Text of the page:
Foreign travelers to China will be able to use digital yuan

A sign shows that this department store’s cash register accepts e-CNY, the digital currency issued by China’s central bank.

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BEIJING – Foreign travelers to China can use the government-developed digital yuan without a local bank account, the country’s central bank said in a paper released on Friday.

Mobile Pay has grown rapidly in recent years and has become the dominant means of payment in China. Merchants often prefer not to take cash with them, while credit cards have never been as successful in China as they were in the US

However, the two primary mobile payment apps – operated by Tencent and Alibaba respectively – usually require a connection to a domestic bank account, which prevents foreign travelers from simply using the apps.

It was not immediately clear when the bankless digital yuan feature would be available. However, CNBC confirmed that a foreign reporter already had access to the digital yuan through a domestic bank account.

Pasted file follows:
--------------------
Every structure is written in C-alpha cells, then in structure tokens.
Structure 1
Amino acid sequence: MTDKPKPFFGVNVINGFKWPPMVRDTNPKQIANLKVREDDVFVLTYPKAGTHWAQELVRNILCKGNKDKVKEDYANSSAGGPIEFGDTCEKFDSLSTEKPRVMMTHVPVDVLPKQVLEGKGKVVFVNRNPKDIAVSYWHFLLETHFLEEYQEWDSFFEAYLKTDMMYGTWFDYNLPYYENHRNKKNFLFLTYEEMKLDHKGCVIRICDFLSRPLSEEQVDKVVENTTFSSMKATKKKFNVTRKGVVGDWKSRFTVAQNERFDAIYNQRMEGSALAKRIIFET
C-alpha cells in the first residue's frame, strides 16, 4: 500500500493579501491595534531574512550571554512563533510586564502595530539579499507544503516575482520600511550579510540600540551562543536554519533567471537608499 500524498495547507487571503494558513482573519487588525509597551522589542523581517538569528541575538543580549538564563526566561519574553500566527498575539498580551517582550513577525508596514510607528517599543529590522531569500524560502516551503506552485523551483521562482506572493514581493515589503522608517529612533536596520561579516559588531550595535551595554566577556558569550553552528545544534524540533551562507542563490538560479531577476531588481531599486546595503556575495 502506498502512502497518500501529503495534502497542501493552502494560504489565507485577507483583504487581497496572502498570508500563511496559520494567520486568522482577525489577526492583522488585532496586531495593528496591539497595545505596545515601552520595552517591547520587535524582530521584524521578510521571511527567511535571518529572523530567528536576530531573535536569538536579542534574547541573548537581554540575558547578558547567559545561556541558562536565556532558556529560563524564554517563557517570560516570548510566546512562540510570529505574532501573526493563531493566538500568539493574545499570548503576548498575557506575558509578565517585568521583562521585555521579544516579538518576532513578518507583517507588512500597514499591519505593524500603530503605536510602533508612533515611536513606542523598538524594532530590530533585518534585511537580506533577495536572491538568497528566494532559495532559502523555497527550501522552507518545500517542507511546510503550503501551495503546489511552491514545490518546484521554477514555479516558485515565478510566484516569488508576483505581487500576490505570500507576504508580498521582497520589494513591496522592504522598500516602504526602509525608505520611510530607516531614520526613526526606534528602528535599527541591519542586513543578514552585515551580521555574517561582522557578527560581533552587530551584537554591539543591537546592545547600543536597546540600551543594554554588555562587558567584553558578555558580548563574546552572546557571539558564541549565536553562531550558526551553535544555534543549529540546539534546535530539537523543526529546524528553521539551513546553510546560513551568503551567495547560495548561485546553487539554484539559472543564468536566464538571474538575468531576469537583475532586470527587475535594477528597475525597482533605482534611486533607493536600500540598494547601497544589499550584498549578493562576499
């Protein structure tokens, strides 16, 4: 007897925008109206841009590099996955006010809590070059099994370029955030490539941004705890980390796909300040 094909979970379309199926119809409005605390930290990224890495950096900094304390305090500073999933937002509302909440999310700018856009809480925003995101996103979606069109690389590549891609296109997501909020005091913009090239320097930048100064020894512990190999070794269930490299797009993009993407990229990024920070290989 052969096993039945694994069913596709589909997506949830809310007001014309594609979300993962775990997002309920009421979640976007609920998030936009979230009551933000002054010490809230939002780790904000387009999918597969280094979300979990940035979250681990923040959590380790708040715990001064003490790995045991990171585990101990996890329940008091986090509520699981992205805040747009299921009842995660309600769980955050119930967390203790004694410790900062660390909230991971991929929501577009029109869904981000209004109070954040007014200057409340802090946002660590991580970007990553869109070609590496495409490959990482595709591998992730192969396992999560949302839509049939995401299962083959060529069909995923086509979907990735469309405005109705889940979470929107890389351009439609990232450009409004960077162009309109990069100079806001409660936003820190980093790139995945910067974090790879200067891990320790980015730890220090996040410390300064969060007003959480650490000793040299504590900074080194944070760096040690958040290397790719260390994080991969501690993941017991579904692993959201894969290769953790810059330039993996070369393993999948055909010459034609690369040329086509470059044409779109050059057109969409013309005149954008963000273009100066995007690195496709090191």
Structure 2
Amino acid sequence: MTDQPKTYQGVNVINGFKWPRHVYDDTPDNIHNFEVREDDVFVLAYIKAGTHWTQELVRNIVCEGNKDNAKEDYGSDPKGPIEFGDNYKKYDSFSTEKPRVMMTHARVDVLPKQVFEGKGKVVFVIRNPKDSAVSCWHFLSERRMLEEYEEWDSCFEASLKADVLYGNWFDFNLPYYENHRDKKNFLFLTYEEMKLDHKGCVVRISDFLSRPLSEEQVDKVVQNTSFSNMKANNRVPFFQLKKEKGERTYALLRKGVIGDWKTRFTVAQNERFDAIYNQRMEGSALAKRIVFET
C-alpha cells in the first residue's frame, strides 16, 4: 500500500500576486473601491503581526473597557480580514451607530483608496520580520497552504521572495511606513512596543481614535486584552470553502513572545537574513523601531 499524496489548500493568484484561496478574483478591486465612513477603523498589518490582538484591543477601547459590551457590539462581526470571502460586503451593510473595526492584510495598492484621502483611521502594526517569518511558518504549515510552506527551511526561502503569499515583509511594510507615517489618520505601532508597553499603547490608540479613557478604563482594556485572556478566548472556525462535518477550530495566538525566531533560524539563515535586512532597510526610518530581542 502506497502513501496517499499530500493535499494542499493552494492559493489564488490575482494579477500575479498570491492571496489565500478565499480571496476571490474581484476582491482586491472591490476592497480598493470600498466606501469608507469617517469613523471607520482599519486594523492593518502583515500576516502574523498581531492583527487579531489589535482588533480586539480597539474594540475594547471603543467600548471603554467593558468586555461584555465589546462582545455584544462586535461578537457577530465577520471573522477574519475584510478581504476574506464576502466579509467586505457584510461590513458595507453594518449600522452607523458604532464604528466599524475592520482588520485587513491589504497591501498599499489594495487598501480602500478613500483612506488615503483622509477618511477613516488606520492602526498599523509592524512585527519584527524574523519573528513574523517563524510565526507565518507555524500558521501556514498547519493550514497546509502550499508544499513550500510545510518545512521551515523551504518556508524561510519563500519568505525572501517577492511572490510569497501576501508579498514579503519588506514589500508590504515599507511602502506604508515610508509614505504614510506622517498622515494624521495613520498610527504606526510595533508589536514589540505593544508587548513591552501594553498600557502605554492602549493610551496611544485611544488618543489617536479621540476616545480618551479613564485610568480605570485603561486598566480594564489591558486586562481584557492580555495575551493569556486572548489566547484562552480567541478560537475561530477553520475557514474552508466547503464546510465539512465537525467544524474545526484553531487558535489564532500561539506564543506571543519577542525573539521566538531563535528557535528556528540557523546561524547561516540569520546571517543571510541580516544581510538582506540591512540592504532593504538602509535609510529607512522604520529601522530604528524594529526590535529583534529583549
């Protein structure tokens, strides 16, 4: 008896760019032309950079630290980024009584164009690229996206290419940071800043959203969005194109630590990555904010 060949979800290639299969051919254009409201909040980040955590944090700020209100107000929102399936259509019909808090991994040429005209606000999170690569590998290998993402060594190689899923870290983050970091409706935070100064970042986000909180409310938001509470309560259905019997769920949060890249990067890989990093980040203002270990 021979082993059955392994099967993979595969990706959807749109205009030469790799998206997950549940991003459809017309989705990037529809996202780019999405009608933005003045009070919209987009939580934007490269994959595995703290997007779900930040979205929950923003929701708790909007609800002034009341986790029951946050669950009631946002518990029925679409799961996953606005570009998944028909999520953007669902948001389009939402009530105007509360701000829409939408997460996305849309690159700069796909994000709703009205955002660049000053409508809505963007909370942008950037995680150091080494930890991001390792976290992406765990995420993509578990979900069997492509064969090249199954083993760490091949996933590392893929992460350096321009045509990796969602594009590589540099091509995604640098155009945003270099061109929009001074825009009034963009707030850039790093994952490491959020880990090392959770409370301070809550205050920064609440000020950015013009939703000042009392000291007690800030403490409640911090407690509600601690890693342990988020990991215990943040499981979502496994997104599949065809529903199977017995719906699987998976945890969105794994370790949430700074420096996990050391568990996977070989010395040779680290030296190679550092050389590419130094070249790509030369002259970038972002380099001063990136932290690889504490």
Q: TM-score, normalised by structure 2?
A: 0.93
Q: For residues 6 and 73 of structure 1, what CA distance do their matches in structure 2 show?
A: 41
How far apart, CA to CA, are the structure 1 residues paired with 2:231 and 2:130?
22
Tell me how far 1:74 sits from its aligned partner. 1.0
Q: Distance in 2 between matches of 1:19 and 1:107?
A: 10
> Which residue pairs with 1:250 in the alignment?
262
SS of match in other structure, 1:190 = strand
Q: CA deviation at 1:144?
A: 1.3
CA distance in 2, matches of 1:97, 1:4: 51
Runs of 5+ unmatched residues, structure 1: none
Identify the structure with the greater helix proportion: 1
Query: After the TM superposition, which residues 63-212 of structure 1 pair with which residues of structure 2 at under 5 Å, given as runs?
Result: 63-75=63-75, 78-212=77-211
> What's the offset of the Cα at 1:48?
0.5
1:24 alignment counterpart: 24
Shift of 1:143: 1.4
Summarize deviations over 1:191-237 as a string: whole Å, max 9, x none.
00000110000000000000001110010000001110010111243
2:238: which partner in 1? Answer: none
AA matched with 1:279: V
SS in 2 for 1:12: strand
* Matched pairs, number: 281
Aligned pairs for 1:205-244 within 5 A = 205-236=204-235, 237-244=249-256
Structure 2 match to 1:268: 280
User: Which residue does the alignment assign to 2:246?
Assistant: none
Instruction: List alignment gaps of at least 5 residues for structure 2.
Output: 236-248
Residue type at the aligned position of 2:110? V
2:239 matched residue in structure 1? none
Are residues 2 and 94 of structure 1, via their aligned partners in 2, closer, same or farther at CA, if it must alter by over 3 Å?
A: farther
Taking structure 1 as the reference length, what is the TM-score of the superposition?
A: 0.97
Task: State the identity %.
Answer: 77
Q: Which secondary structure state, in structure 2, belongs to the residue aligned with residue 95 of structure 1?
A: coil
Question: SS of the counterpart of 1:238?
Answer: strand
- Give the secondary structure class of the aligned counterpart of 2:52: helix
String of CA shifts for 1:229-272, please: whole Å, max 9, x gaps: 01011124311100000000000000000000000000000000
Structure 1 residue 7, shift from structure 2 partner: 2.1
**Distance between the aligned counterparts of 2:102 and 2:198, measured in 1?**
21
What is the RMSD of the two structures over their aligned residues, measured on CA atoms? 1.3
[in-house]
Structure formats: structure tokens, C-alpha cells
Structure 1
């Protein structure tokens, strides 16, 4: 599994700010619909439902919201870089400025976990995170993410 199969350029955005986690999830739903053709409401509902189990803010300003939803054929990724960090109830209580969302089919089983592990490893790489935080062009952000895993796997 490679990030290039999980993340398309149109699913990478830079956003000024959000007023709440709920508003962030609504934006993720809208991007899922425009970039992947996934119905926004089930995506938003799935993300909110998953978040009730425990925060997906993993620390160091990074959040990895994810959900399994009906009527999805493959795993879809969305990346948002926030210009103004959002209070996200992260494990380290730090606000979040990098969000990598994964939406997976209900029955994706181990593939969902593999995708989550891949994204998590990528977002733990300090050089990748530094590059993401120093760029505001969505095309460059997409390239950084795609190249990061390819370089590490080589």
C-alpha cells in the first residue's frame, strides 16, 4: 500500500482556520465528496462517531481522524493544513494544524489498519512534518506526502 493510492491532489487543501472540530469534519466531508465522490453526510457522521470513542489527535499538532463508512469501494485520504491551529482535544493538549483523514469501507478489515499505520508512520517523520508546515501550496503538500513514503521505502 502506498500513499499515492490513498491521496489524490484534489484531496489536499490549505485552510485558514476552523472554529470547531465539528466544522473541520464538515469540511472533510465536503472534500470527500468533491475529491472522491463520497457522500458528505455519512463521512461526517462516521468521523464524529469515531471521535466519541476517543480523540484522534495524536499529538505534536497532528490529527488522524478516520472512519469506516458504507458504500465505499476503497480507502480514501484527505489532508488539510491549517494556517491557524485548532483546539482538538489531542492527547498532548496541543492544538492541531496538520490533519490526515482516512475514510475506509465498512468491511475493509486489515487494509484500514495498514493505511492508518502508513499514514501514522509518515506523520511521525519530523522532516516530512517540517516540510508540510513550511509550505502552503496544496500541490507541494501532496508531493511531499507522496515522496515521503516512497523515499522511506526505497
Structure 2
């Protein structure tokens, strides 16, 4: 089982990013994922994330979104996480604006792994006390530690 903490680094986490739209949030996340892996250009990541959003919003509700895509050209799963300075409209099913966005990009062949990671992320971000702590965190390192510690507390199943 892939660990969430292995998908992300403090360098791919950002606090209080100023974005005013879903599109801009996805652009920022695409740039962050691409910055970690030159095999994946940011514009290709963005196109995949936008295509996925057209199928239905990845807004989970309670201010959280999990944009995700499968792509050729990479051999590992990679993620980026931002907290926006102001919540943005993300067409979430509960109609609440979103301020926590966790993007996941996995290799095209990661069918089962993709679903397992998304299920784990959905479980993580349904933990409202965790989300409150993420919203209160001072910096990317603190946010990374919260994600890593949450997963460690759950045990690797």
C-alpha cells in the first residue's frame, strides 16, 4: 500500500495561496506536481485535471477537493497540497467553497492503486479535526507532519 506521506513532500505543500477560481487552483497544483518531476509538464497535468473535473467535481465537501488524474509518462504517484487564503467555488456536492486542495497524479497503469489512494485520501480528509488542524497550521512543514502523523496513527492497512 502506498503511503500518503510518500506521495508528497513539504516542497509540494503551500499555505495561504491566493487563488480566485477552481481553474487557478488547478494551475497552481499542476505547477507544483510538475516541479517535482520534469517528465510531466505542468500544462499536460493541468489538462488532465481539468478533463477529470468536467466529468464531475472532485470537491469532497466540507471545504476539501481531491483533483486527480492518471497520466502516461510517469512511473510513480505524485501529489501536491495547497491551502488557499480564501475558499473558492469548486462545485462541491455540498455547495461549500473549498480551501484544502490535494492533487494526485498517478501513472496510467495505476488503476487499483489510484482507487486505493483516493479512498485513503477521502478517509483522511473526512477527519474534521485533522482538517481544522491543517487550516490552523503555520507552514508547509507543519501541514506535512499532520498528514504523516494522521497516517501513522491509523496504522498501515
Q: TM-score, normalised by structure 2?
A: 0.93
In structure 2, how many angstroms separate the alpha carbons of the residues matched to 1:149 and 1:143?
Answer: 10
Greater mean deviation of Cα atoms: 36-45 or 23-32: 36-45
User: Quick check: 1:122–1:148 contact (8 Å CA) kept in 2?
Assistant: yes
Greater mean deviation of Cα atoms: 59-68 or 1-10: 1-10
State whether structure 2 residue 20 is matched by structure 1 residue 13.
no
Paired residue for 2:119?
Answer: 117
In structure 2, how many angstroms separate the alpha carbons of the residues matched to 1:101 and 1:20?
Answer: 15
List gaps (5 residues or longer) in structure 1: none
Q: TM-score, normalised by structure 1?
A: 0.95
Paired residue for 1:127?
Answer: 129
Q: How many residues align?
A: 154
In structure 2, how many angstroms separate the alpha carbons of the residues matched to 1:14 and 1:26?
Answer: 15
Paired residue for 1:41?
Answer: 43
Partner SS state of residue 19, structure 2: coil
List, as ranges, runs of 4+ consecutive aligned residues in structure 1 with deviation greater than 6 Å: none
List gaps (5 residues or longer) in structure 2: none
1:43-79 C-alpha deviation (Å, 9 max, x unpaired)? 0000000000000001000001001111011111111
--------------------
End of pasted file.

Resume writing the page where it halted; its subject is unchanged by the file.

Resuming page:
People’s Bank of China has been developing a digital version of the yuan, known as e-CNY, since 2014. On Friday, the central bank released a paper – in English and Chinese – on research progress.

“Foreign residents temporarily traveling in China can open an e-CNY wallet to meet daily payment needs without opening a domestic bank account,” the newspaper said.

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The central bank claimed that the e-CNY system “collects less transaction information than traditional electronic payments,” and that the PBoC internally keeps digital yuan information separate from other departments.

By the end of June, after about a year of e-CNY testing across the country, more than 20.87 million personal wallets and more than 3.51 million corporate wallets with a transaction value of approximately 34.5 billion yuan (5.39 billion US dollars). said the paper.

Foreigners generally were unable to participate in government-organized digital yuan handouts or other tests because they were restricted to local residents of mainland China, Hong Kong, or Macau.

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